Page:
2.3. Statistical Analysis
Statistical analysis was performed with MedCalc version 188.8.131.52 (MedCalc Software, Mariakerke, Belgium). Normality was analyzed by D’Agostino-Pearson test. Variables with normal distribution were compared between three groups with one-way analysis of variance. If data did not follow normal distribution, comparison of the analyzed parameters between three groups was performed with the Kruskal-Wallis test. Simple regression analysis was used to test for the relationships between them. Before inclusion to this statistical analysis, nonnormally distributed parameters were logarithmically transformed. Furthermore, stepwise multiple regression analysis was employed to investigate the influence of various parameters on visfatin serum concentration [age, BMI, FT3, autoimmunity (yes/no), HOMA-IR]. Variables were entered into the model if their associated -values were less than 0.05 and then sequentially removed if their associated -values became greater than 0.2. Tests were considered to be statistically significant if -value was lower than 0.05.
Clinical and laboratory data of the study groups and the control group are shown in Table 1.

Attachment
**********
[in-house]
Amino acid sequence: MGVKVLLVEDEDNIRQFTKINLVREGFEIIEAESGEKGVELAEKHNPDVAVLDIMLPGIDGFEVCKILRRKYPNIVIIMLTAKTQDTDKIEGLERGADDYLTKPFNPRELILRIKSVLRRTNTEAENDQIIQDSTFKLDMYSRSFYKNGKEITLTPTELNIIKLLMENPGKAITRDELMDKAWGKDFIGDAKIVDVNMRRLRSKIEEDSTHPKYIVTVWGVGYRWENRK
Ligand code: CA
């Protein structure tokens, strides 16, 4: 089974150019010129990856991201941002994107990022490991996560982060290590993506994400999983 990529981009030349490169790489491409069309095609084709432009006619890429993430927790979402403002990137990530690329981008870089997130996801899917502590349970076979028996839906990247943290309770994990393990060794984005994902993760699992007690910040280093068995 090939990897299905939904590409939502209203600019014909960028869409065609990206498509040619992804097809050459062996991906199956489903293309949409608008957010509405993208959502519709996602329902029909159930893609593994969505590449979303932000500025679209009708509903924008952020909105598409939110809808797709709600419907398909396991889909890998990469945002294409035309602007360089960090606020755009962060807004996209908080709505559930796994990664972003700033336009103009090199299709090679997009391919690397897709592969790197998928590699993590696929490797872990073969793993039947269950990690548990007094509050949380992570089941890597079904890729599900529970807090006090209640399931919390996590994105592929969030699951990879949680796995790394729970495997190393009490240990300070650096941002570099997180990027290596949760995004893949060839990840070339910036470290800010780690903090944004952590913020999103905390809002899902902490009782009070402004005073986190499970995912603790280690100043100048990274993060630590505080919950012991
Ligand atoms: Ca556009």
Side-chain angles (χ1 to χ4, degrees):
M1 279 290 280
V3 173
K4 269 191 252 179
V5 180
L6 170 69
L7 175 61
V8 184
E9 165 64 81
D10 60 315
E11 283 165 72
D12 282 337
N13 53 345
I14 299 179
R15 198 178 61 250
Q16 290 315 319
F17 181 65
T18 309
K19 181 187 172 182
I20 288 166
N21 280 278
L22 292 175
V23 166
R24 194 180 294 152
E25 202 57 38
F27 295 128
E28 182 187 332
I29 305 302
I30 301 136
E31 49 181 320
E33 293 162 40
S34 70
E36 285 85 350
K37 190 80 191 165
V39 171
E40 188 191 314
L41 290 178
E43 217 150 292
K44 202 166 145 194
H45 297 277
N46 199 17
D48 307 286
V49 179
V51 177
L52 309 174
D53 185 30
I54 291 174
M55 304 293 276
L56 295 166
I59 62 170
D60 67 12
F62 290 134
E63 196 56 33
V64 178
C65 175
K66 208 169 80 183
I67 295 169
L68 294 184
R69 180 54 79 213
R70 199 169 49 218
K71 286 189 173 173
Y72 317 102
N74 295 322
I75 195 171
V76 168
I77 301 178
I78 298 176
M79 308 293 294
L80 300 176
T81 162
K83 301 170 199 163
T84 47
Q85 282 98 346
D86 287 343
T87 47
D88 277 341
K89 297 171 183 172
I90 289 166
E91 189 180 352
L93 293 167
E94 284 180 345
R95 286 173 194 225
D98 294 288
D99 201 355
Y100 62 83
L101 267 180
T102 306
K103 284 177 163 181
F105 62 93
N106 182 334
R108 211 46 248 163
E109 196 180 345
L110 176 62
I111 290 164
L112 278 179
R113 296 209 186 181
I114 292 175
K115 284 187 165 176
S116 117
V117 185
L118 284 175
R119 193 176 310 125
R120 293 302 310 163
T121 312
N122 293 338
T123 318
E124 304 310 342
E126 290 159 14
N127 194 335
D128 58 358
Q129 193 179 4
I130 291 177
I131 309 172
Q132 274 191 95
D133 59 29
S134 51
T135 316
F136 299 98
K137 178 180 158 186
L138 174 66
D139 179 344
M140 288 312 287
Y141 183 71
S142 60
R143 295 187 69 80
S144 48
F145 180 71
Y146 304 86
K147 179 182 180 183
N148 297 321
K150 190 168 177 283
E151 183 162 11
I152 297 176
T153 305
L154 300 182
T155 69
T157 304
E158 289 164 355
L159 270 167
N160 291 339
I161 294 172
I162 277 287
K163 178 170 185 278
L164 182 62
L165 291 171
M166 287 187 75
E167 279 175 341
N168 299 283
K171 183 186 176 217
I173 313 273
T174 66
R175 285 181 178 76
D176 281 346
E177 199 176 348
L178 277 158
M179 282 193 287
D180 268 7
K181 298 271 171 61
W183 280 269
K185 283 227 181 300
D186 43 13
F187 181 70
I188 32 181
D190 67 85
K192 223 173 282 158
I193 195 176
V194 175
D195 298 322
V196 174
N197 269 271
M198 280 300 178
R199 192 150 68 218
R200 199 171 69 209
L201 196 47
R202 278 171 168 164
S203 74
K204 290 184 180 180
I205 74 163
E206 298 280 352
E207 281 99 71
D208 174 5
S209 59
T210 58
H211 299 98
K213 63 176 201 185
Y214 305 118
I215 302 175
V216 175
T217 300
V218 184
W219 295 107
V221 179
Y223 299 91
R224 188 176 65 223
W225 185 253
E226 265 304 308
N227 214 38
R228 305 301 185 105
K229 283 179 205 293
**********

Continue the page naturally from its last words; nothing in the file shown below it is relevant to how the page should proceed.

|Values followed by the same letter do not differ significantly.|
TPOAb antithyroperoxidase antibodies; TgAb antithyroglobulin antibodies; Tg thyroglobulin.
The highest visfatin serum concentration was in AIT group, and healthy controls had visfatin level higher than TT () (Figure 1). Three groups did not differ in age, sex, BMI, fasting glucose, and insulin levels, HOMA-IR. They had statistically different TSH, FT4, FT3, and TgAb levels (Table 1). AIT group had higher TPOAb level. TT and controls were negative for TPOAb and TgAb.
Simple linear regression analysis revealed that visfatin serum concentration was significantly associated with autoimmunity (; ), FT4 (; ), FT3 (; ), and TPOAb (; ) (Figure 2). There was no association between visfatin and age, sex, BMI, TSH, TgAb, fasting insulin and glucose levels, and HOMA-IR (Table 2).